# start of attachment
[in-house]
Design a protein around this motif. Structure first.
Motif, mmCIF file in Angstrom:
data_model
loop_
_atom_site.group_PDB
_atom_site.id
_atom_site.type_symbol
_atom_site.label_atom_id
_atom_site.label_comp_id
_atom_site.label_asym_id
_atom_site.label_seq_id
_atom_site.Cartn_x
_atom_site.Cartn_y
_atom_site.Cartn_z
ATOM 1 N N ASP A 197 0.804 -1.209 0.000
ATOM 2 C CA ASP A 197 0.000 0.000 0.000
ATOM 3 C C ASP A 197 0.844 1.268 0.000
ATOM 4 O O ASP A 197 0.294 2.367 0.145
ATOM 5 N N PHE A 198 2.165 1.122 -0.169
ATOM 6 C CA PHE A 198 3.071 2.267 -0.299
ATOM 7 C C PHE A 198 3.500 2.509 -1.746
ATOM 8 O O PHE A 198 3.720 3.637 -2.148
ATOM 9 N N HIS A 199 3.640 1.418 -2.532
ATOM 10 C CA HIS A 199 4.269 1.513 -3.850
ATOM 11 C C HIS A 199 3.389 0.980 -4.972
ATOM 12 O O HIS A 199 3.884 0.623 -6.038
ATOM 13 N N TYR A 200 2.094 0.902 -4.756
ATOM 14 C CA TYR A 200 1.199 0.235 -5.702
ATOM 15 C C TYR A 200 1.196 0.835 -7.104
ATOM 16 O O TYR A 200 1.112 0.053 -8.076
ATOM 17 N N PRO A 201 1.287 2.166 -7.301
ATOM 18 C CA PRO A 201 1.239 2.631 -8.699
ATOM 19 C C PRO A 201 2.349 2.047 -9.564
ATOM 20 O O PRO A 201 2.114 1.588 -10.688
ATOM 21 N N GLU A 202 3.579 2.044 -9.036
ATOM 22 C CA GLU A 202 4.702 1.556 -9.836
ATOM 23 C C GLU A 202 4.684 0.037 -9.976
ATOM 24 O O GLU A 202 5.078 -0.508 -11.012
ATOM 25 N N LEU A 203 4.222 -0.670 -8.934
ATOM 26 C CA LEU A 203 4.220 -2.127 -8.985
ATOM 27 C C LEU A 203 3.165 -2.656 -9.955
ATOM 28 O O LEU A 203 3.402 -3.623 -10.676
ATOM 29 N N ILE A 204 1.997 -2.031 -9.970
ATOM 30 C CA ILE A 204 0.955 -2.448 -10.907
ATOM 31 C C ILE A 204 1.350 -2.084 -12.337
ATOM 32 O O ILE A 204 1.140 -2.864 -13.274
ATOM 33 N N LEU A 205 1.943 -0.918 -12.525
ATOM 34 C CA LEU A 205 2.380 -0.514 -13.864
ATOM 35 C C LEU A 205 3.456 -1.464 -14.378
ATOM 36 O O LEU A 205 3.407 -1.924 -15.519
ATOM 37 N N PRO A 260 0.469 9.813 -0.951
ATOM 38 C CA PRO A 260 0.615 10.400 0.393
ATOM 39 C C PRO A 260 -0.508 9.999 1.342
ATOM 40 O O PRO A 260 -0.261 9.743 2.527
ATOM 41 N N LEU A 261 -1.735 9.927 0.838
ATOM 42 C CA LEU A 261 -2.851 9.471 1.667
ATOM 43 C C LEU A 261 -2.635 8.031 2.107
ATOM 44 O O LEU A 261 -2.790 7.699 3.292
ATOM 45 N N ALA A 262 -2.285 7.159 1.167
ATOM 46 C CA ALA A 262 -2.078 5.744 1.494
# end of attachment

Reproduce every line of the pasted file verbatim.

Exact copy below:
[in-house]
Design a protein around this motif. Structure first.
Motif, mmCIF file in Angstrom:
data_model
loop_
_atom_site.group_PDB
_atom_site.id
_atom_site.type_symbol
_atom_site.label_atom_id
_atom_site.label_comp_id
_atom_site.label_asym_id
_atom_site.label_seq_id
_atom_site.Cartn_x
_atom_site.Cartn_y
_atom_site.Cartn_z
ATOM 1 N N ASP A 197 0.804 -1.209 0.000
ATOM 2 C CA ASP A 197 0.000 0.000 0.000
ATOM 3 C C ASP A 197 0.844 1.268 0.000
ATOM 4 O O ASP A 197 0.294 2.367 0.145
ATOM 5 N N PHE A 198 2.165 1.122 -0.169
ATOM 6 C CA PHE A 198 3.071 2.267 -0.299
ATOM 7 C C PHE A 198 3.500 2.509 -1.746
ATOM 8 O O PHE A 198 3.720 3.637 -2.148
ATOM 9 N N HIS A 199 3.640 1.418 -2.532
ATOM 10 C CA HIS A 199 4.269 1.513 -3.850
ATOM 11 C C HIS A 199 3.389 0.980 -4.972
ATOM 12 O O HIS A 199 3.884 0.623 -6.038
ATOM 13 N N TYR A 200 2.094 0.902 -4.756
ATOM 14 C CA TYR A 200 1.199 0.235 -5.702
ATOM 15 C C TYR A 200 1.196 0.835 -7.104
ATOM 16 O O TYR A 200 1.112 0.053 -8.076
ATOM 17 N N PRO A 201 1.287 2.166 -7.301
ATOM 18 C CA PRO A 201 1.239 2.631 -8.699
ATOM 19 C C PRO A 201 2.349 2.047 -9.564
ATOM 20 O O PRO A 201 2.114 1.588 -10.688
ATOM 21 N N GLU A 202 3.579 2.044 -9.036
ATOM 22 C CA GLU A 202 4.702 1.556 -9.836
ATOM 23 C C GLU A 202 4.684 0.037 -9.976
ATOM 24 O O GLU A 202 5.078 -0.508 -11.012
ATOM 25 N N LEU A 203 4.222 -0.670 -8.934
ATOM 26 C CA LEU A 203 4.220 -2.127 -8.985
ATOM 27 C C LEU A 203 3.165 -2.656 -9.955
ATOM 28 O O LEU A 203 3.402 -3.623 -10.676
ATOM 29 N N ILE A 204 1.997 -2.031 -9.970
ATOM 30 C CA ILE A 204 0.955 -2.448 -10.907
ATOM 31 C C ILE A 204 1.350 -2.084 -12.337
ATOM 32 O O ILE A 204 1.140 -2.864 -13.274
ATOM 33 N N LEU A 205 1.943 -0.918 -12.525
ATOM 34 C CA LEU A 205 2.380 -0.514 -13.864
ATOM 35 C C LEU A 205 3.456 -1.464 -14.378
ATOM 36 O O LEU A 205 3.407 -1.924 -15.519
ATOM 37 N N PRO A 260 0.469 9.813 -0.951
ATOM 38 C CA PRO A 260 0.615 10.400 0.393
ATOM 39 C C PRO A 260 -0.508 9.999 1.342
ATOM 40 O O PRO A 260 -0.261 9.743 2.527
ATOM 41 N N LEU A 261 -1.735 9.927 0.838
ATOM 42 C CA LEU A 261 -2.851 9.471 1.667
ATOM 43 C C LEU A 261 -2.635 8.031 2.107
ATOM 44 O O LEU A 261 -2.790 7.699 3.292
ATOM 45 N N ALA A 262 -2.285 7.159 1.167
ATOM 46 C CA ALA A 262 -2.078 5.744 1.494